New Zealand rarely go into an away series without a gameplan. When they toured South Africa for a two-Test series last year, they had a discernible strategy: use the bouncer frequently to scuff up the ball to produce reverse-swing earlier than usual. Against India in the Test series in 2016 CricTime , coach Mike Hesson stressed that their focus was on getting off strike to negate India’s spinners. Both those strategies worked to a degree, but didn’t translate into wins.
For this ODI series against India, New Zealand made room for an aggressive middle-order batsman, Colin Munro, to face the new ball, while pushing down a natural opener in Tom Latham to No. 5. The experiment was trialed in a warm-up game, with acceptable results. Free of error, they stuck with that plan in the first ODI in Mumbai. Although scratchy, Munro blunted a potent new-ball attack, and Latham’s technical efficiency – using his feet, the depth of the crease, and cross-batted strokes against spin – produced a match-winning hundred. Australia came into the ODI series with a formulaic plan, and New Zealand a flexible, horses-for-courses blueprint. Which one worked?
In the recent past, India have not been in a position where they have needed to win to force a decider. Their personnel did not fail in Mumbai, but were undone by New Zealand. Wristspinners Kuldeep Yadav and Yuzvendra Chahal were dealt with with incredible ease, Jasprit Bumrah and Bhuvneshwar Kumar weren’t penetrative, and their batsmen, apart from Virat Kohli, were kept in check. Against a confident team, India may just need to step up their own game a notch.
India: LWLWW (last five completed matches, most recent first) New Zealand: WLLLW
In the spotlight
In his last 10 ODI innings, Rohit Sharma has hit three fifties and three hundreds. Even in favourable batting conditions, that’s exceptional form. Maybe that made him a little complacent in the first ODI in Mumbai, where his innings of 20 ended with a heave across the line against Trent Boult. Rohit has built his ODI career around stability in the first half of an innings, and could switch back to that template in Pune.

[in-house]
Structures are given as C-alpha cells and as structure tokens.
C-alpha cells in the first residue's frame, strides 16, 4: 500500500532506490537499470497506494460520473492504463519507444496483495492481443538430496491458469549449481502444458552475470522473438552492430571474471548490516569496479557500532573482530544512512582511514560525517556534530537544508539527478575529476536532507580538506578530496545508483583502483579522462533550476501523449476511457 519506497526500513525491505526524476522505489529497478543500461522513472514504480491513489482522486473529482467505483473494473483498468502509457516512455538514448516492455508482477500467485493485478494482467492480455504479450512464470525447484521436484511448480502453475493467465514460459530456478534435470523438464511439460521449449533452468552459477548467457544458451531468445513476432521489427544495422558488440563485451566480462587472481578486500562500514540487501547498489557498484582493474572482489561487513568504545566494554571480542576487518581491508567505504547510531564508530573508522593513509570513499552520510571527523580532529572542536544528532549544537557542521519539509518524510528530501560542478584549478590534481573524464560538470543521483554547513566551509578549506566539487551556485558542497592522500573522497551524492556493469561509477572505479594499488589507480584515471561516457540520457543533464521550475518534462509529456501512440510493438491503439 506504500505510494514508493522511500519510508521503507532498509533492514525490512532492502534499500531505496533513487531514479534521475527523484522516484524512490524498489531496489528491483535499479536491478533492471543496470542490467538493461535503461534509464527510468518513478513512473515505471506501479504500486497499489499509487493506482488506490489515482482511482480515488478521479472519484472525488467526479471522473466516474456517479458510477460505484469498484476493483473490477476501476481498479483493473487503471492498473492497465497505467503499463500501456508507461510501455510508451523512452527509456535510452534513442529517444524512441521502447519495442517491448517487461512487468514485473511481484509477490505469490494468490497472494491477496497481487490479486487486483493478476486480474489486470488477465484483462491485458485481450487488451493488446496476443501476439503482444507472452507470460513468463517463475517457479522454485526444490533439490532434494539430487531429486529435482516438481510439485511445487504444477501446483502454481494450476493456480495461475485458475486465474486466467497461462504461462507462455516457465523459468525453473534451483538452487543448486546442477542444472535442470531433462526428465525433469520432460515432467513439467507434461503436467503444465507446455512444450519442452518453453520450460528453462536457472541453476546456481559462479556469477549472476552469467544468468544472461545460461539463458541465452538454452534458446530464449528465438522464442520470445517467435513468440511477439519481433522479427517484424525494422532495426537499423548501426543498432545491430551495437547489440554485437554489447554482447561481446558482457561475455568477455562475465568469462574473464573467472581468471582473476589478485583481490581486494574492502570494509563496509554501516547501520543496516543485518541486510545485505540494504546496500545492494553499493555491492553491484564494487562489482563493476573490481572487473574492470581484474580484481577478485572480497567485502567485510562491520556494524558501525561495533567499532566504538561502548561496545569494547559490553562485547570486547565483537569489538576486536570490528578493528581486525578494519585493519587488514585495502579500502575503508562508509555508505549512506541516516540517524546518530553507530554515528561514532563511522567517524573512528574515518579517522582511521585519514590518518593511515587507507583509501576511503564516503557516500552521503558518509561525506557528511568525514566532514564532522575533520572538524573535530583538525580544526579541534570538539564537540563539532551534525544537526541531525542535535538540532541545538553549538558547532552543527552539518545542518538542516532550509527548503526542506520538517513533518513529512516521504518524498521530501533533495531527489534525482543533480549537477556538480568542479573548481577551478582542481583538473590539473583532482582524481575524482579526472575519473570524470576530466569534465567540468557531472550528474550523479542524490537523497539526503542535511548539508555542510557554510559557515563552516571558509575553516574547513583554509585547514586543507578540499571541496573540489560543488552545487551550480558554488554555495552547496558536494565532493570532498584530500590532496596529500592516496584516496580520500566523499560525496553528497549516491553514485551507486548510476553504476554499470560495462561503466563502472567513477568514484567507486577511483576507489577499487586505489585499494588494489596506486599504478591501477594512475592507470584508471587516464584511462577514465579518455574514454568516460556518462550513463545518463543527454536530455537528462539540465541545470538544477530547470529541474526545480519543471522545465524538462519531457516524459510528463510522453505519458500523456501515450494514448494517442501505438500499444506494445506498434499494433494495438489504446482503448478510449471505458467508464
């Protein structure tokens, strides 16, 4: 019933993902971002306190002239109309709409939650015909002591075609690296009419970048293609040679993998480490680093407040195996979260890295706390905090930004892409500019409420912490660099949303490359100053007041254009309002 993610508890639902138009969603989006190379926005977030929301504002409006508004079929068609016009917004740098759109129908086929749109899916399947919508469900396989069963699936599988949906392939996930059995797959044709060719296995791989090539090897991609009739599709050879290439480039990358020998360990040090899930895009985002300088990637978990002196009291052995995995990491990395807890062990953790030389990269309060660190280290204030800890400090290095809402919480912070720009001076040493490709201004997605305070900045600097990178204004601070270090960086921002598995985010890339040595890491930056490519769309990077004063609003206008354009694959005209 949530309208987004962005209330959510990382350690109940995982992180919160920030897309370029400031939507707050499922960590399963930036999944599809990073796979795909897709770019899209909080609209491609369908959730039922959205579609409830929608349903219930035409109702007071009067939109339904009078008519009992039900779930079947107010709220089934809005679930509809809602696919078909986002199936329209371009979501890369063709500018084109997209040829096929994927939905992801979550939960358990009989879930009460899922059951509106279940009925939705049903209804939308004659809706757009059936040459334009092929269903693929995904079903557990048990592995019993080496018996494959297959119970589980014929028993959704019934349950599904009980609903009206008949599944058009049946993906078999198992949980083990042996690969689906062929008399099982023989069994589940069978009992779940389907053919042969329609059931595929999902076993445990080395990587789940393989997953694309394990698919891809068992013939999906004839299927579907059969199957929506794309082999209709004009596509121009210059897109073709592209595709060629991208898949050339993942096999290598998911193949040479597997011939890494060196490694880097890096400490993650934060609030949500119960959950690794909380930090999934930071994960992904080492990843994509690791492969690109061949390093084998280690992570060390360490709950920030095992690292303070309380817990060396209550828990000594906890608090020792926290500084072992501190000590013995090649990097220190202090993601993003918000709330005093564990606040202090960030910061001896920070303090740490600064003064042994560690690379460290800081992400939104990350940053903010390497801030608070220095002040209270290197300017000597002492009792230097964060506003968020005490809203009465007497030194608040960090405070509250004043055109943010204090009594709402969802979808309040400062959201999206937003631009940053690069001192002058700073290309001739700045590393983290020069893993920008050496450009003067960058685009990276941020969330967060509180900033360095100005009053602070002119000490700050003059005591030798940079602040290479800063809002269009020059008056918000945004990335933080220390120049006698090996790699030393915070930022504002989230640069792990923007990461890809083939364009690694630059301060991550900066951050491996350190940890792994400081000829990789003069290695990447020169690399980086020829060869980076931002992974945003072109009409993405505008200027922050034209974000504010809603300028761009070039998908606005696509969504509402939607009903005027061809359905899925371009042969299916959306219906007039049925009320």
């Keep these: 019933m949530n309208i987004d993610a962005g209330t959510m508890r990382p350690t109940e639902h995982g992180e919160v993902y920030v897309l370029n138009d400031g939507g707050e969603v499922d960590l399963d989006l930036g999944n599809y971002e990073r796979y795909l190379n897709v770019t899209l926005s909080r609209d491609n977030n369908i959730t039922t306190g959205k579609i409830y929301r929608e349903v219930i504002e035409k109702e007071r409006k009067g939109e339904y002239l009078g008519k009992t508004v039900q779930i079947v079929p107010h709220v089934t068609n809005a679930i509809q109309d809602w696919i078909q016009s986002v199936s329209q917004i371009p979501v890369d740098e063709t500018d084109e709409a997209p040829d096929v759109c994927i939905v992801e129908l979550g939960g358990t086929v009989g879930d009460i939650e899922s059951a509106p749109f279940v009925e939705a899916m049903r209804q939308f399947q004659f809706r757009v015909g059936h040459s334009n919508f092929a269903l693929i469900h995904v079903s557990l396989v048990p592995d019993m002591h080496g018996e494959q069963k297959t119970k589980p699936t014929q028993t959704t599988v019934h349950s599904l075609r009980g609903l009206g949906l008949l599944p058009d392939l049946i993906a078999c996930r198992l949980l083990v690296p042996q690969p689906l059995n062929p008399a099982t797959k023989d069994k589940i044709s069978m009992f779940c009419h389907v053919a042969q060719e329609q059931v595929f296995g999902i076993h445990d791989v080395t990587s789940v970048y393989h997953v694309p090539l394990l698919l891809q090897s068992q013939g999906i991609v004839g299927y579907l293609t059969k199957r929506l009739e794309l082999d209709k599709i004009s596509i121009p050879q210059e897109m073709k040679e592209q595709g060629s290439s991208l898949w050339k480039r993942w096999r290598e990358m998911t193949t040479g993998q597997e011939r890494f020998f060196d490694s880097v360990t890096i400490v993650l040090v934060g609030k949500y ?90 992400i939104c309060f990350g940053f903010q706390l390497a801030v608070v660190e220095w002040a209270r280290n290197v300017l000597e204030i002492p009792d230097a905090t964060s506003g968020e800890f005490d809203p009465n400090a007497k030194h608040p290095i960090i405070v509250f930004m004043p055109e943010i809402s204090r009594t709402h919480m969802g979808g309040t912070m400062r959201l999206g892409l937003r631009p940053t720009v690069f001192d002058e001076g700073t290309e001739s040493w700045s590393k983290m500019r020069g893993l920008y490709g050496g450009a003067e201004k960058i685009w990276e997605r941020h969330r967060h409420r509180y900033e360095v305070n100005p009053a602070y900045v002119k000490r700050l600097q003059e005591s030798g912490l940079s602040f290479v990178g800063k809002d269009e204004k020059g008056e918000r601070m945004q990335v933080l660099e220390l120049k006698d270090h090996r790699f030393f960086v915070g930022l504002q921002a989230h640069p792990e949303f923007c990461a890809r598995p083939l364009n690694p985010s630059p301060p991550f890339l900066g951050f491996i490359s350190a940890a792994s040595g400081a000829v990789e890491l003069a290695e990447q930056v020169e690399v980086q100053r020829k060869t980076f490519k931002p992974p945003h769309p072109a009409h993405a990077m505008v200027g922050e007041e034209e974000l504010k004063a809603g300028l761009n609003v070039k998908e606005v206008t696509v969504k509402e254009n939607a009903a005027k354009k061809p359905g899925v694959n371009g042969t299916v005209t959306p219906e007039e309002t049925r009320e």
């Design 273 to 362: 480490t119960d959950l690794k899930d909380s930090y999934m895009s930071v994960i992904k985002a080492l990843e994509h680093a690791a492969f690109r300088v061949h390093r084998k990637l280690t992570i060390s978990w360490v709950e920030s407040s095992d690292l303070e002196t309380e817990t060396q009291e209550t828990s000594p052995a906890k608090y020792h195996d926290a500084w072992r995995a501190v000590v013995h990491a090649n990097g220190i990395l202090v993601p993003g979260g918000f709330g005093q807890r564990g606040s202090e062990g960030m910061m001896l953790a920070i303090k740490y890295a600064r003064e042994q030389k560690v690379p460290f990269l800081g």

Kane Williamson is New Zealand’s best batsman. He may have misread Kuldeep Yadav’s wrong’un in Mumbai, where he sliced a drive to cover, and this could mean a more watchful approach for the rest of the series. He has made only two hundreds in his last 37 ODI innings, but has struck 14 fifties in that period. Improving that conversion rate could just help New Zealand seal the series.
India are unlikely to change their XI, but could rejig the batting order, moving Dinesh Karthik up a position to No. 4, after a steady comeback innings in Mumbai.
India (probable): 1 Rohit Sharma, 2 Shikhar Dhawan, 3 Virat Kohli (capt), 4 Dinesh Karthik, 5 Kedar Jadhav, 6 MS Dhoni(wk), 7 Hardik Pandya, 8 Bhuvneshwar Kumar, 9 Kuldeep Yadav, 10 Yuzvendra Chahal, 11 Jasprit Bumrah
New Zealand, barring fitness issues, have no reason to tinker with their winning combination from the first game.
New Zealand (probable): 1 Martin Guptill, 2 Colin Munro, 3 Kane Williamson (capt), 4 Ross Taylor, 5 Tom Latham (wk), 6 Henry Nicholls, 7 Colin de Grandhomme, 8 Mitchell Santner, 9 Adam Milne, 10 Trent Boult, 11 Tim Southee
Pitch and conditions
The last international match in Pune was a Test that didn’t last three days. The ODI, prior to that, saw 351 chased down by Kohli and Kedar Jadhav. Runs are usually freely available at this ground, especially with short boundaries. There is no chance of rain.
Stats and trivia
- Trent Boult has taken the most wickets in the first 10 overs of ODIs since January 2015 – 30 wickets in 42 innings.
- The previous instance of India losing successive home ODIs in a bilateral series was back in 2013, against Pakistan.
“We look at it (trailing 1-0) as a big challenge right now. New Zealand compete exceptionally well. It is a bigger challenge for us to come back”
India bowling coach Bharat Arun on India’s mindset
“We were lucky enough to be here last year, so we knew a little bit how India played and watching them against the Australian team, so lot of work was done in terms of spin and playing in the middle”
Tom Latham on how New Zealand prepared for the series: Source